Following a truck hijack in New York, five conmen are arrested and brought together for questioning. As none of them is guilty, they plan a revenge operation against the police. The operation goes well, but then the influence of a legendary mastermind criminal called Keyser Söze is felt. It becomes clear that each one of them has wronged Söze at some point and must pay back now. The payback job leaves 27 men dead in a boat explosion, but the real question arises now: Who actually is Keyser Söze? Written by
In the original script, the opening scene was longer featuring a subplot of Keaton (Gabriel Byrne) planting a bomb on the ship. It was shot but later left on the cutting floor. Part of it remained with Keaton asking Keyzer, "What time is it?". Because of the last minute change, all shots of the exploding ship were shot at Director Bryan Singer's backyard. See more »
In the beginning of the movie, we see "San Pedro" police department. San Pedro is part of the city of Los Angeles, and as such, it would be the Los Angeles Police Department, Harbor Division. See more »
The editor, John Ottman, edited the movie on film. He felt that all the editing done electronically at the time was horrible because all the good editors were still working on film (which is much more difficult). Because of this he thought about putting "Edited on a piece of s*** Steenbeck" at the end of the credits, but instead settled for the more subtle line "Edited on film." Tim Robbins was directing 'Dead Man Walking' at the time and heard about John's idea, which sparked that film's credit ending of "This film was edited on old machines." See more »
'The Usual Suspects' has received a lot of comment for its killer twist ending, which while by no means the first in movie history, has proved to be enormously influential (stand up Messrs. Fincher and Shyamalan...). But this movie is so much more than a surprise ending! It is a meticulously scripted, faultlessly acted masterpiece that stands up to repeated viewings. Every single time I watch it I notice some new detail, or get more enjoyment out of a performance or scene.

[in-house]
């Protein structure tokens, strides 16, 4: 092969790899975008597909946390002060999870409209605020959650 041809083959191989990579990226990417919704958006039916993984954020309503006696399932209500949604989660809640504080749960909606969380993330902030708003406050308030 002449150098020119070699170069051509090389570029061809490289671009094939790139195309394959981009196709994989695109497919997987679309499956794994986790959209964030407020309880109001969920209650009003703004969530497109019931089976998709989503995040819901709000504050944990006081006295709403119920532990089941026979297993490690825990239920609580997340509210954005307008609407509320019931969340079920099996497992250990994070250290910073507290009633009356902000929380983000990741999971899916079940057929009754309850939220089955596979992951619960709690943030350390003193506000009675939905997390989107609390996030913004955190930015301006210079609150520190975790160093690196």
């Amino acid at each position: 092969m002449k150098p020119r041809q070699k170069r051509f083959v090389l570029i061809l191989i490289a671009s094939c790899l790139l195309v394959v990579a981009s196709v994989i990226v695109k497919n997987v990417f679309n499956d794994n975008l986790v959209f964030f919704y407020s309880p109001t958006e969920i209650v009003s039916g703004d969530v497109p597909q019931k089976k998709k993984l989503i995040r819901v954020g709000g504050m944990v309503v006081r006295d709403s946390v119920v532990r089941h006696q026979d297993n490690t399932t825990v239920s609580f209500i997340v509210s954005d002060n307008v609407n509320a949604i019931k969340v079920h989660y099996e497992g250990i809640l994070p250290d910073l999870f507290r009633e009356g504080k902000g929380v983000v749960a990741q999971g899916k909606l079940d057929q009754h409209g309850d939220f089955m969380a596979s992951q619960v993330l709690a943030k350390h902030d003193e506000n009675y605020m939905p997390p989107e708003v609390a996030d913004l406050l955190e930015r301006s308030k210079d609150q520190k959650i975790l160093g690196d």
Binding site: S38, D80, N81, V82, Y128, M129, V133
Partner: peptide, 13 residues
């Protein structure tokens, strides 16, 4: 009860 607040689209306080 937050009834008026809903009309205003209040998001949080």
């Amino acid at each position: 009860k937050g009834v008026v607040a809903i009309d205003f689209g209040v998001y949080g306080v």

This movie really put Kevin Spacey on the map, but everyone in the ensemble cast is outstanding, even Stephen Baldwin(!), who has never appeared in a movie this good before, or since. I also got a kick out of the Paul Bartel ( 'Death Race 2000', 'Eating Raoul') cameo, and the ultra-cool Peter Greene's ('Laws Of Gravity', 'Pulp Fiction') all too brief appearance. Bartel is sorely missed, and Greene one day (mark my words!) will become the star he deserves to be.
Director Bryan Singer has yet to live up to the promise shown here with his subsequent movies, the average 'Apt Pupil' and the disappointing 'X-Men'. For all the acclaim he and the (admittedly superb) cast have received, the real star of 'The Usual Suspects' is Christopher McQuarrie's sensational script, one of the finest of the modern era, and one that genuinely deserved it's Oscar.
It really doesn't get any better than this!! One of the greatest movies ever made, any time, any where. A truly unforgettable experience.
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